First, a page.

“Tariffs need to double” in the USA to tackle ageing infrastructure & water scarcity
12 October 2017 - A new White Paper, published by Global Water Intelligence (GWI) and the Global Water Leaders Group (GWLG) calls for further water and wastewater tariff increases across the USA, amid rate hikes driven by concerns for ageing infrastructure and water scarcity.
The White Paper, entitled The Global Value of Water and published last month in partnership with Arup, includes results of The Global Water Tariff Survey 2017, with tariff data from 452 cities across the world, and commentaries from GWLG members and Alexander Danilenko, Senior Water and Sanitation Specialist at The World Bank.
The survey results revealed that water and wastewater tariffs in cities across the US grew by 5.3% between July 2016 and July 2017, as rising operating costs, ageing infrastructure replacements and water scarcity took their toll.
The survey found for the first time, that urban residents in the US pay more on average for their combined water and wastewater services than city-dwellers in Western Europe. A constant compound annual growth rate of 5% for the last 5 years in the US has taken rates to $4.09/m3, more than 20 cents above Western European rates.
Several US cities topped the 2017 tariff survey results. Portland, Oregon for example was found to have the highest combined tariff out of the 452 surveyed cities ($8.00/m3), while Honolulu, Hawaii, (the city with the highest tariffs in the 2016 survey), settled at 3rd place this year with a combined tariff of $7.93/m3.
The White Paper authors found that for many utilities, tariff hikes are essential to cover the cost of upgrades and repairs of ageing infrastructure, and reduce critical failures in U.S. municipal water systems
“The truth is, that if the water systems of our major cities are to be resilient and sustainable, US water tariffs probably need to double” Howard Neukrug, Senior Advisor to the GWLG and co-author of The Global Value of Water commented. “We have the global water technology to create smart water systems that can use artificial intelligence to design newer, more resilient and cost-effective solutions to our urban water problems. Reinvesting in our water systems just takes sound planning, engineering and money.”
Cities like Pittsburgh, Denver, Los Angeles and Indianapolis for example, experienced increases in their combined tariffs by 21%, 11%, 18% and 13% respectively in 2017, to fund the repairs and replacement for ageing infrastructure.
In the case of Pittsburgh, Pittsburgh Water & Sewer Authority (PWSA) plans to use the increased tariff revenue to fund the replacement of ageing pipes dating back to the pre-Civil War period, and to upgrade outdated computer systems which have resulted in PWSA being unable to issue bills to certain areas.
The White Paper also revealed that in the US cities most affected by water scarcity, tariff hikes are being implemented as a strategy to encourage water conservation, and provide funding for innovative new water diversification strategies.
Residents across the state of Texas for example, saw rate hikes again this year as water security concerns continue to inspire conservation-driven pricing. The most noticeable increases were in El Paso and San Antonio, which saw combined water and wastewater rate increases of 8.28% and 3.84% respectively.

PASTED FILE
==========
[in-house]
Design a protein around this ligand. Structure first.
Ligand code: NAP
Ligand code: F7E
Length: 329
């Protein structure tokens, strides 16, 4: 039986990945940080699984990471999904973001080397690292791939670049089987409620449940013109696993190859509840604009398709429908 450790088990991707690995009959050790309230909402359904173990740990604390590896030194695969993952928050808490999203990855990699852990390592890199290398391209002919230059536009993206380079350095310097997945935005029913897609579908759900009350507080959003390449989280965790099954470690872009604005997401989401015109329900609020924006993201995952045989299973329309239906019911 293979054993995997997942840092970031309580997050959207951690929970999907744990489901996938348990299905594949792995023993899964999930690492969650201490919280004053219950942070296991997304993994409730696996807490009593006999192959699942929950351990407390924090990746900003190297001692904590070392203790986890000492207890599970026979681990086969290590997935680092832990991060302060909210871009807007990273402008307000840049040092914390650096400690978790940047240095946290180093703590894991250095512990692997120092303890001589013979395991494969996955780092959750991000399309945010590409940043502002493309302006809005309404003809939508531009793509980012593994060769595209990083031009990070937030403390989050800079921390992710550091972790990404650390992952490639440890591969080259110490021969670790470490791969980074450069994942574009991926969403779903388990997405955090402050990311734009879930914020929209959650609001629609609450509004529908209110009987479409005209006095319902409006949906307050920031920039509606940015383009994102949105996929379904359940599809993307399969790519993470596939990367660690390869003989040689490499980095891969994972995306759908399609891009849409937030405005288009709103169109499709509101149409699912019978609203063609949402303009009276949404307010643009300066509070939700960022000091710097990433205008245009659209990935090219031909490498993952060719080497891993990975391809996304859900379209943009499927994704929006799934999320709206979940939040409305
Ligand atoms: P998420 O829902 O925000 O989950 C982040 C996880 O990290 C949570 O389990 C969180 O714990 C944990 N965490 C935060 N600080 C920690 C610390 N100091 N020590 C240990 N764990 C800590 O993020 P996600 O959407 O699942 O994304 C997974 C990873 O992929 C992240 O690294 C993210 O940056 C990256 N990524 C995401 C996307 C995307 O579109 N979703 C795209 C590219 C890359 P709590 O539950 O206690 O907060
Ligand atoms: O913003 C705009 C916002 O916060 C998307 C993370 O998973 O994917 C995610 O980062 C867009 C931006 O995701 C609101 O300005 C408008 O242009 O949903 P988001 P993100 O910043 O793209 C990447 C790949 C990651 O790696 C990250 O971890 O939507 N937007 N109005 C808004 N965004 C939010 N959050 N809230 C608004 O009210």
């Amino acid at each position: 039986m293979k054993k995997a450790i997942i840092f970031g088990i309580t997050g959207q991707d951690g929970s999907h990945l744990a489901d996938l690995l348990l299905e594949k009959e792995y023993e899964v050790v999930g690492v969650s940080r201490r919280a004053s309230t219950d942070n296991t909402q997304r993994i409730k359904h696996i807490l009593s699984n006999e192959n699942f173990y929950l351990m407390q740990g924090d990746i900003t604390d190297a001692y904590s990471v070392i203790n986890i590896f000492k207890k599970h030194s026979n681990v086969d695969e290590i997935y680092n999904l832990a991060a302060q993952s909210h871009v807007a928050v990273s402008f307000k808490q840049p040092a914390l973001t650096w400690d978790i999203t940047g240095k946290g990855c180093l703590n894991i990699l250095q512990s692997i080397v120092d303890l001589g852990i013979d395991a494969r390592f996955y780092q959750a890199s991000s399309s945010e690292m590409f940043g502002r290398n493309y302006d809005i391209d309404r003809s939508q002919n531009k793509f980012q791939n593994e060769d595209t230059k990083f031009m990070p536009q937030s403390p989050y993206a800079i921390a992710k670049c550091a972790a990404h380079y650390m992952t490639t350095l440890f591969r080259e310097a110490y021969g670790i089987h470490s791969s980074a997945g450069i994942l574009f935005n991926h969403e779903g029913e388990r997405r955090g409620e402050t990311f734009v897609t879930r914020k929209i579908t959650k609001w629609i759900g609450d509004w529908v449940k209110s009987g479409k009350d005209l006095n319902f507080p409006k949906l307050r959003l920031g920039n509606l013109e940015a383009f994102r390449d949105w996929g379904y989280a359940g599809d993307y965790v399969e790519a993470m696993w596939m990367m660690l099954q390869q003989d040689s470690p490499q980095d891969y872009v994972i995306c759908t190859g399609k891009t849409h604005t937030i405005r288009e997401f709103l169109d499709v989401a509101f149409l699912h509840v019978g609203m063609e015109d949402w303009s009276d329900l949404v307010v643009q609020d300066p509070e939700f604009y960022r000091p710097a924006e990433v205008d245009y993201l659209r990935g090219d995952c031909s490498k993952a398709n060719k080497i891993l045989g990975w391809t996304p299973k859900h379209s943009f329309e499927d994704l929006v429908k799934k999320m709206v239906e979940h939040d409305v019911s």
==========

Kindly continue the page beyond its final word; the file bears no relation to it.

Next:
In El Paso, the higher bills are meant to help fund projects to extend the pipeline network to new areas, build new reservoirs and pump stations, and drill more wells as the city prepares for a population surge of 40% by 2040. The revenue from tariffs will also fund part of El Paso Water’s (EPWater) budget set aside to acquire additional land and water rights for water imports to help combat future droughts.
The Los Angeles Department of Water and Power (LADWP) also has plans to increase water conservation through rate hikes. The city’s tariff structure was changed in 2016 from two blocks to four blocks, with high water customers being charged more.
At the other end of the scale, the survey revealed that residents in states such as Florida, Tennessee, Montana, and Illinois, enjoy the cheapest combined water and wastewater bills in the region, with rates ranging from $1.28 in Memphis (Tennessee), to $2.39/m3 in Salt Lake City (Utah).
The Global Value of Water and The Global Water Tariff Survey are available as part of a subscription to GWI Magazine, visit www.globalwaterintel.com/gwi/tariffsurvey
The Global Value of Water is a Global Water Leaders Group (GWLG) White Paper, containing detailed analysis of the results of the Global Water Tariff Survey 2017 and insights from the following contributors:
- Justin Abbott, Dr Mark Fletcher and Jonathan Yates (Arup)
- Alexander Danilenko (The World Bank),
- Professor V. Srinivas Chary, (Centre for Energy, Environment and Urban Governance, the Administrative Staff College of India)
- Dr William T. Muhairwe, Howard Neukrug and Peter Twesigye (Global Water Leaders Group)
- PUB, Singapore’s National Water Agency.
The Global Water Tariff Survey features water & wastewater tariff profiles from over 450 locations and is updated annually by Global Water Intelligence (GWI).
The Global Value of Water and the Global Water Tariff Survey are available to all GWI Magazine subscribers who can download it from www.globalwaterintel.com. To purchase a subscription to GWI Magazine, contact firstname.lastname@example.org